The effect of FKBP51 on NF-κB activation is also controversially discussed. On the one hand, various studies demonstrated that FKBP51 enhances NF-κB activation [85,86,92]. A reduction of NF-κB activation upon FKBP51 knockdown in HEK293 [92] or human melanoma (A375SM and FEMX-1) cells [86] was shown by reporter gene assays. Consistent with these findings, electrophoretic shift assay (EMSA) results provided evidence of an increased DNA/NF-κB interaction in nuclear fractions of glioma cells (U251 and U87) overexpressing FKBP51 [83]. In accordance with these data, EMSA results indicated that FKBP51 knockdown caused a decrease of nucleic NF-κB complexes in melanoma cells stimulated by irradiation [84] or TNF-α (tumor necrosis factor α) [85]. On the other hand, Erlejman et al. described the opposite effect of FKBP51 and concluded that NF-κB activation is regulated by the FKBP51/FKBP52 ratio [93]. Reporter gene assays implicated that FKBP51 impaired whereas FKBP52 enhanced PMA (phorbol 12-myristate 13-acetate) as well as TNF-α induced NF-κB activation in HEK293T cells overexpressing either FKBP51 or FKBP52, respectively [93]. Both effects seemed to be reversed by the expression of the corresponding TPR peptide [93]. A competition assay with FKBP51 and FKBP52 using the transcriptional activity of NF-κB as readout led to the conclusion that FKBP52 could act as an FKBP51 antagonist, reversing its inhibitory effect on NF-κB activation [93].
Another approach was to assess the impact of FKBP51 on the expression of NF-κB proteins as well as on their nuclear and cytoplasmic distribution [43,86]. Further investigations dealt with the FKBP51-mediated regulation of Inhibitor of NF-κB (IκB) protein levels [83,84,85,86,87].
More recently, Kästle et al. reported that FKBP51 knockdown in A549 cells resulted in a reduced nuclear protein level of p50 and p65 after IL-1β (interleukin 1β) stimulation [43]. In agreement with this study, an accumulation of NF-κB-p65 in the cytoplasm as well as a reduction of the nuclear level were observed in FKBP51 knockdown melanoma cells (A375SM and FEMX-1) [86].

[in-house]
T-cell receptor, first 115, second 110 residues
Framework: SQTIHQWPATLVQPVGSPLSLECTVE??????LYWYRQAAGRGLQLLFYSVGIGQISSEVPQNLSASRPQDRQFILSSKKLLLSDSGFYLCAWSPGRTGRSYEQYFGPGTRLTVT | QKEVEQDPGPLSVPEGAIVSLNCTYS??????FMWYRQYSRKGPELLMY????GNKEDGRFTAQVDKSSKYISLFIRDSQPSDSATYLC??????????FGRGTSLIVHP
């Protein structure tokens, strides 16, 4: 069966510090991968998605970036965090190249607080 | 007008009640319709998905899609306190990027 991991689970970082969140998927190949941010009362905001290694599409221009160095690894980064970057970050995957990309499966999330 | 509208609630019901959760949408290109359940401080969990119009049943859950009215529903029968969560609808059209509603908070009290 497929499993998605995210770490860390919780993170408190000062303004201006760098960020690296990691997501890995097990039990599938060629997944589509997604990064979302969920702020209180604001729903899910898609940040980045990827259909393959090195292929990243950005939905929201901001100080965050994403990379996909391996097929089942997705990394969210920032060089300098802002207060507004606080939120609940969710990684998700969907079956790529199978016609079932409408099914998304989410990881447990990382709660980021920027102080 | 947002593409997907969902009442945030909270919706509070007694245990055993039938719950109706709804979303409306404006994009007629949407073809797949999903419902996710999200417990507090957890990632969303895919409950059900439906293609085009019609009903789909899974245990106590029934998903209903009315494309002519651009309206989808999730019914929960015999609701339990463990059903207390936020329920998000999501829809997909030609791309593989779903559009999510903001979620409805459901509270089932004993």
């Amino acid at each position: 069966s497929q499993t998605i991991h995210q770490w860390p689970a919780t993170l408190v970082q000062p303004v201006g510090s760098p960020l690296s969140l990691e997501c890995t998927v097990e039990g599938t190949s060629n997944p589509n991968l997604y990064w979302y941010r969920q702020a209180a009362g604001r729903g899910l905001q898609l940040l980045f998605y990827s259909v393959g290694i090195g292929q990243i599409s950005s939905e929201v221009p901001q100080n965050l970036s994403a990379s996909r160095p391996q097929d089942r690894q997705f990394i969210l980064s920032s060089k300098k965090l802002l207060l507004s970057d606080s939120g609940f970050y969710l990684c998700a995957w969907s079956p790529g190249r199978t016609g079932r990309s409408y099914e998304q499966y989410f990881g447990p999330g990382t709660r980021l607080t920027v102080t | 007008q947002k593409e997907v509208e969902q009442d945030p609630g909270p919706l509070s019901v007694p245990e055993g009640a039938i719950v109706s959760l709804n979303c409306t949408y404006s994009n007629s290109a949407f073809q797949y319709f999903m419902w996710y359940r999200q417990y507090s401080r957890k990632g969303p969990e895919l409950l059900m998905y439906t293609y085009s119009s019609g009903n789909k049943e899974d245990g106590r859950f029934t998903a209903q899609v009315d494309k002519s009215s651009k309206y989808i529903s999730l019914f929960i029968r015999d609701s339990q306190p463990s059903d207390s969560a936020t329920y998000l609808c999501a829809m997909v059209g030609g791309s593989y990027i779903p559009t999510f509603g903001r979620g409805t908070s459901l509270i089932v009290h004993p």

Romano et al. suggested that FKBP51 depletion prevented the reduction of IκB-α as well as of IκB-β in irradiated melanoma cells [84]. These results are consistent with another study, which indicated a slight increase of the IκB-α protein level in FKBP51 knockdown cells (A172), as well as a slight decrease after overexpression of FKBP51 in U87 cells [83]. For that reason, Jiang et al. postulated that the degradation of IκB-α is positively controlled by FKBP51 expression in glioma cells [83]. In accordance with these findings, FKBP51 knockdown seemed to prevent IκB-α degradation induced by the chemotherapeutic drug Doxorubicin in human melanoma cells [87]. These findings are consistent with a lower phosphorylation grade of IκB-α observed in FKBP51 knockdown melanoma cells (A375SM and FEMX-1) [86]. Consistently, a kinase activity assay in melanoma cells (A375), using GST-IκB-α as substrate and TNF-α as stimulus, indicated a reduced phosphorylation of GST-IκB-α in FKBP51 knockdown cells compared with the corresponding controls [85]. The data suggested that FKBP51 inhibition impaired the kinase activity of the IKK complex [85]. Interestingly, compounds binding to the FKBP51FK1 domain—namely FK506, Rapamycin, SAFit1 and SAFit2—inhibited TNF-α induced IκB-α degradation in human melanoma cells (A375) [85]. The findings led to the conclusion that the PPIase domain could control IKK activity [85].